is one hypocrite less in London to-day."
"What do you mean?" asked Page.
"I mean you. Pretending all this time that you were neutral!
That isn't necessary any longer."
"You are right!" the Ambassador answered as he walked
on with a laugh and a wave of the hand.
A few days after the Washington Declaration, the American Luncheon
Club held a feast in honour of the event. This organization had
a membership of representative American business men in London,
but its behaviour during the war had not been based upon Mr. Wilson's
idea of neutrality. Indeed its tables had so constantly rung with
denunciations of the Lusitania notes that all members of
the American Embassy, from Page down, had found it necessary to
refrain from attending its proceedings. When Page arose to address
his compatriots on this occasion, therefore, he began with the
significant words, "I am glad to be back with you again,"
and the mingled laughter and cheers with which this remark
was received indicated that his hearers had caught the point.
The change took place not only in Page, but in London and the
whole of Great Britain. An England that had been saying harsh
things of the United States for nearly two years now suddenly
changed its attitude. Both houses of Parliament held commemorative
sessions in honour of America's participation; in the Commons
Mr. Lloyd George, Mr. Asquith, and other leaders welcomed their
new allies, and in the Upper Chamber Lord Curzon, Lord Bryce,
the Archbishop of Canterbury, and others similarly voiced their
admiration. The Stars and Stripes almost instantaneously broke
out on private dwellings, shops, hotels, and theatres; street
hucksters did a thriving business selling rosettes of the American
colours, which even the most stodgy Englishmen did not disdain
to wear in their buttonholes; wherever there was a band or an
orchestra, the Star Spangled Banner acquired a sudden popularity;
and the day even came when the American and the British flags
flew side by side over the Houses of Parliament---the first occasion
in history that any other than the British standard had received
this honour. The editorial outgivings of the British press on
America's entrance form a literature all their own. The theatres
and the music halls, which had found in "notes" and
"nootrality" an endless theme of entertainment for their
patrons, now sounded Americanism as their most popular refrain.
Churches and cathedrals gave special services in honour of American
intervention, and the King and the President began to figure side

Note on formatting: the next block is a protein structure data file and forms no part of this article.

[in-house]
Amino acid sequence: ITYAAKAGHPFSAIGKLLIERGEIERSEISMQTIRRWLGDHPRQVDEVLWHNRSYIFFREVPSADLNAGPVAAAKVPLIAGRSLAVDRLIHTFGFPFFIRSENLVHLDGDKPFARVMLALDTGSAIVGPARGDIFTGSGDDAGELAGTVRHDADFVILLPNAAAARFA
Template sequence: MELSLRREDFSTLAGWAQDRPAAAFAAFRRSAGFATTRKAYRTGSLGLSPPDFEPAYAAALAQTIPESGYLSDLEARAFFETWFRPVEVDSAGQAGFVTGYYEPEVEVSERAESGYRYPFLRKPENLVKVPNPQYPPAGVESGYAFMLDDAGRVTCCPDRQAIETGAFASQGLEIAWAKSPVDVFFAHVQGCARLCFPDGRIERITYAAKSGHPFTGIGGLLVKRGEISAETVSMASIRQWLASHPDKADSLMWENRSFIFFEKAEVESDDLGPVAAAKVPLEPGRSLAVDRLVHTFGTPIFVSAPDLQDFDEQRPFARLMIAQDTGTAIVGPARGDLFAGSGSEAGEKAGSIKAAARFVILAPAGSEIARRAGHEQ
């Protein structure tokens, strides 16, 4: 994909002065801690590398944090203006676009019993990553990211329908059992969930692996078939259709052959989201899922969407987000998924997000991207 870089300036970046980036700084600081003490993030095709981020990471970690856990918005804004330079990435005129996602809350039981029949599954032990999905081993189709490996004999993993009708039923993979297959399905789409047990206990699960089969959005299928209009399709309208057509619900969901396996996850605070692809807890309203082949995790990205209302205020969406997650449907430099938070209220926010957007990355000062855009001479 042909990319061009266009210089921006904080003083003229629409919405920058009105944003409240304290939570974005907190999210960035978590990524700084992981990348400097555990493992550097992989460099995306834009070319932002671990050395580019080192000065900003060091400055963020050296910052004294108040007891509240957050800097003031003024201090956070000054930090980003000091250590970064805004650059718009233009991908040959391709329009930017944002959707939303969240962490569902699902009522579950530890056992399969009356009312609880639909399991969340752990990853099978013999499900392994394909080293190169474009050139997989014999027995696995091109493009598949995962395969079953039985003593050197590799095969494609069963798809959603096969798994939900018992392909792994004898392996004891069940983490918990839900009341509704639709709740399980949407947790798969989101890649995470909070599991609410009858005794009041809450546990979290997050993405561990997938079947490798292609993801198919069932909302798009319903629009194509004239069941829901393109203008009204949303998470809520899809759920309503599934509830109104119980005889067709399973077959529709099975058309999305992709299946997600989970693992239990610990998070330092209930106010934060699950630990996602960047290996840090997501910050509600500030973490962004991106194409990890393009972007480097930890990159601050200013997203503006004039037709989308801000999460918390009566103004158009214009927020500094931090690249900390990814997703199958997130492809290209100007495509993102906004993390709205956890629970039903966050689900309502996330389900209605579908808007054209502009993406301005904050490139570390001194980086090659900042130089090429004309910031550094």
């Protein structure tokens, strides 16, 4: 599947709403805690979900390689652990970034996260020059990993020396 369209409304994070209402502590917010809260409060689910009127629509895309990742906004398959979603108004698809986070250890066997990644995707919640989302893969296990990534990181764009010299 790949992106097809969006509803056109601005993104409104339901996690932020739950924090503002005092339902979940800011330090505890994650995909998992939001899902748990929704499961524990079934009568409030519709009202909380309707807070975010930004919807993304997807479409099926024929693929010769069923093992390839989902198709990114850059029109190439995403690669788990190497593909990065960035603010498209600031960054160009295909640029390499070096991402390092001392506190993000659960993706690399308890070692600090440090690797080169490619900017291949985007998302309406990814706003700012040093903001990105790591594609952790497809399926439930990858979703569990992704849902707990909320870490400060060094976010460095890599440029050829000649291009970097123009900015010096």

by the side in the prayer book. The estimation in which President
Wilson was held changed overnight. All the phrases that had so
grieved Englishmen were instantaneously forgotten. The President's
address before Congress was praised as one of the most eloquent
and statesmanlike utterances in history. Special editions of this
heartening document had a rapid sale; it was read in school houses,
churches, and at public gatherings, and it became a most influential
force in uplifting the hopes of the Allies and inspiring them
to renewed activities. Americans everywhere, in the streets, at
dinner tables, and in general social intercourse, could feel the
new atmosphere of respect and admiration which had suddenly become
their country's portion. The first American troops that passed
through London---a company of engineers, an especially fine body
of men---aroused a popular enthusiasm which was almost unprecedented
in a capital not celebrated for its emotional displays. Page himself
records one particularly touching indication of the feeling for
Americans which was now universal. "The increasing number
of Americans who come through England," he wrote, "most
of them on their way to France, but some of them also to serve
in England, give much pleasure to the British public---nurses,
doctors, railway engineers, sawmill units, etc. The sight of every
American uniform pleases London. The other morning a group of
American nurses gathered with the usual crowd in front of Buckingham
Palace while the Guards band played inside the gates. Man after
man as they passed them and saw their uniforms lifted their hats."
<IMG SRC="thumbnails/Page21tn.jpg" WIDTH="116"
HEIGHT="144" ALIGN="BOTTOM" BORDER="0" ></TD>
<P ALIGN=CENTER><IMG SRC="thumbnails/Page22tn.jpg" WIDTH="108"
HEIGHT="144" ALIGN="BOTTOM" BORDER="0" ></TD>